Are we all in this together, as George Osborne insists, or are we not?
The Labour Party and their sympathisers in the media have been asking this question non-stop since the coalition government came to power in 2010, shrieking with outrage every time a new policy was announced which failed to forcibly grab enough from the rich and scatter the proceeds over the heads of the deserving poor. And throughout this time we have been treated to some wildly over-the-top rhetoric and mischaracterisations, such as Polly Toynbee’s insistence that “people feel in their pockets … that the middle and lower half are deliberately made to pay the price, while Osborne gifts the richest the most.”
(How could it be otherwise, one might well ask. Labour spent thirteen years in government making even middle-class families reliant on benefits, tax credits and public services, so there was no way that government spending could then be cut in times of austerity without causing more pain and human suffering than should otherwise have been the case. And yet still we look wistfully at Gordon Brown as he saunters off into the sunset, and glare sullenly at David Cameron and George Osborne as they deal with Brown’s toxic legacy).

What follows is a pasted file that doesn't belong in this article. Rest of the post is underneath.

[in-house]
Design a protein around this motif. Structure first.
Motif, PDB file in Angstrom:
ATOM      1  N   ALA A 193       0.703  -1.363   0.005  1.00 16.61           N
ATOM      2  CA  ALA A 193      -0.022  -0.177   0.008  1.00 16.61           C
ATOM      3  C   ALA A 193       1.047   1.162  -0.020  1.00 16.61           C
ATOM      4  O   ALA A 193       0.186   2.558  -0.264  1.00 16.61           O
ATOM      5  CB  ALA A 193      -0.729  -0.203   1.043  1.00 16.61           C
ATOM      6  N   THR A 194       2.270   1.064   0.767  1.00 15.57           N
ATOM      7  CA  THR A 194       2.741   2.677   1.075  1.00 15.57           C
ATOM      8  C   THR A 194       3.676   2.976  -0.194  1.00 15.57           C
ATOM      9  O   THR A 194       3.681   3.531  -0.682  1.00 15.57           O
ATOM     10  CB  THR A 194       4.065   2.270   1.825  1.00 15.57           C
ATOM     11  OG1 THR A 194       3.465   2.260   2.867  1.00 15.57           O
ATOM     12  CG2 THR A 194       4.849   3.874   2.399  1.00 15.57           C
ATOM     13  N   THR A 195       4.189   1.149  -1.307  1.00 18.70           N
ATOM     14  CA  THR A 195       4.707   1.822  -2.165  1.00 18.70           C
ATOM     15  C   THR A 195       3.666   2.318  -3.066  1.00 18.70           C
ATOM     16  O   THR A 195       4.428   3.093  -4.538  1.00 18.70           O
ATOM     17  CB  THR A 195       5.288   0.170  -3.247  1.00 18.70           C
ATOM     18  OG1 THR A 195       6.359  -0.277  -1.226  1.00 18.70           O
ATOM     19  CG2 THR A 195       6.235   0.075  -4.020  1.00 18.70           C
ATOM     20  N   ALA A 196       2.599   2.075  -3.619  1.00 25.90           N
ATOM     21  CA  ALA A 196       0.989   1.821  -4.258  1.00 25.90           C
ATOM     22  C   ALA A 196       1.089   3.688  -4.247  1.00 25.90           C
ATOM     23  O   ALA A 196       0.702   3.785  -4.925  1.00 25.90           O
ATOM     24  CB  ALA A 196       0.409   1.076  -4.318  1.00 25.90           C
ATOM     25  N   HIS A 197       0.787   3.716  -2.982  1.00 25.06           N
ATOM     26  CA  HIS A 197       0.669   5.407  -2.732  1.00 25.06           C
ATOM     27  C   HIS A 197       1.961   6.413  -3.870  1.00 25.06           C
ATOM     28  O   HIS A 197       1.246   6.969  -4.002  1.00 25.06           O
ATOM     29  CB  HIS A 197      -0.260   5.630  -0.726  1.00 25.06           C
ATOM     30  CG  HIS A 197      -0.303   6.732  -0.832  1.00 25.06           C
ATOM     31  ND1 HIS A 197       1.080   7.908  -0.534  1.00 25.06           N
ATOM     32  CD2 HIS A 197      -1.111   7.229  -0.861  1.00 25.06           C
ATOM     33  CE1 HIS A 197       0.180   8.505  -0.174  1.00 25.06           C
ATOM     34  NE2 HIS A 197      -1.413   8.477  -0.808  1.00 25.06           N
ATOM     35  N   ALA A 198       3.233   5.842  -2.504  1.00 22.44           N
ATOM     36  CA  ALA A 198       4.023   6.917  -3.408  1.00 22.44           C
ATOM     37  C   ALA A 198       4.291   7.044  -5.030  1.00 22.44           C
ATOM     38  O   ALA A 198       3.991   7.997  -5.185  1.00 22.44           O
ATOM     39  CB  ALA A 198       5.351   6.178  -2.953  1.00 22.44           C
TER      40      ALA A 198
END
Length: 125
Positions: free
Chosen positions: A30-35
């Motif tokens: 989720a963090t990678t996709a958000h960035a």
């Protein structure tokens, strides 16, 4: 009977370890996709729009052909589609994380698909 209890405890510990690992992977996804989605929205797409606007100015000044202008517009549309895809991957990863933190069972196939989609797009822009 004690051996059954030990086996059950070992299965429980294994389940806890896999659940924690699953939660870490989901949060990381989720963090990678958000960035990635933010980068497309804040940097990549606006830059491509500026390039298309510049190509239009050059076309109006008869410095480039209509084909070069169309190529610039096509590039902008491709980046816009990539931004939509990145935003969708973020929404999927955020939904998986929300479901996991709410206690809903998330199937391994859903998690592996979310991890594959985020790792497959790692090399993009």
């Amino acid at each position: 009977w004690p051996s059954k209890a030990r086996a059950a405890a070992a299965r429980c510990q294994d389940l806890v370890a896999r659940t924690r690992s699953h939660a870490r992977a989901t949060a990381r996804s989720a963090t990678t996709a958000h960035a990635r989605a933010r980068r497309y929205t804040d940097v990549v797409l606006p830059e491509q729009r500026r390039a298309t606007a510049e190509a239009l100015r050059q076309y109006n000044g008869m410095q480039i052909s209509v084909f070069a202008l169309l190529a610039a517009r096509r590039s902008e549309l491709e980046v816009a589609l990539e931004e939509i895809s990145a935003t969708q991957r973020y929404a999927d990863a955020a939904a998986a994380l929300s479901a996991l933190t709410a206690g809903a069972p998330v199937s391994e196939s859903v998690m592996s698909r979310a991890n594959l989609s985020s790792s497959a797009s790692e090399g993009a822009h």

We may still be stumbling out of the crater left by the Great Recession and the dubious economic recovery, but that doesn’t mean that every tax rise or spending decision has to be, or even can be, progressive. To behave in such a way would be foolish – we would end up in a situation where we forcibly “spread the wealth around” in good times because there is more cash to be expropriated from the successful in an economic boom, and then spread the wealth around some more in lean times because that’s the “compassionate” thing to do. Meanwhile, we would have created such a universal disincentive to work hard, invest and succeed that anyone with wealth to expropriate will have dialled back their efforts or fled the country altogether.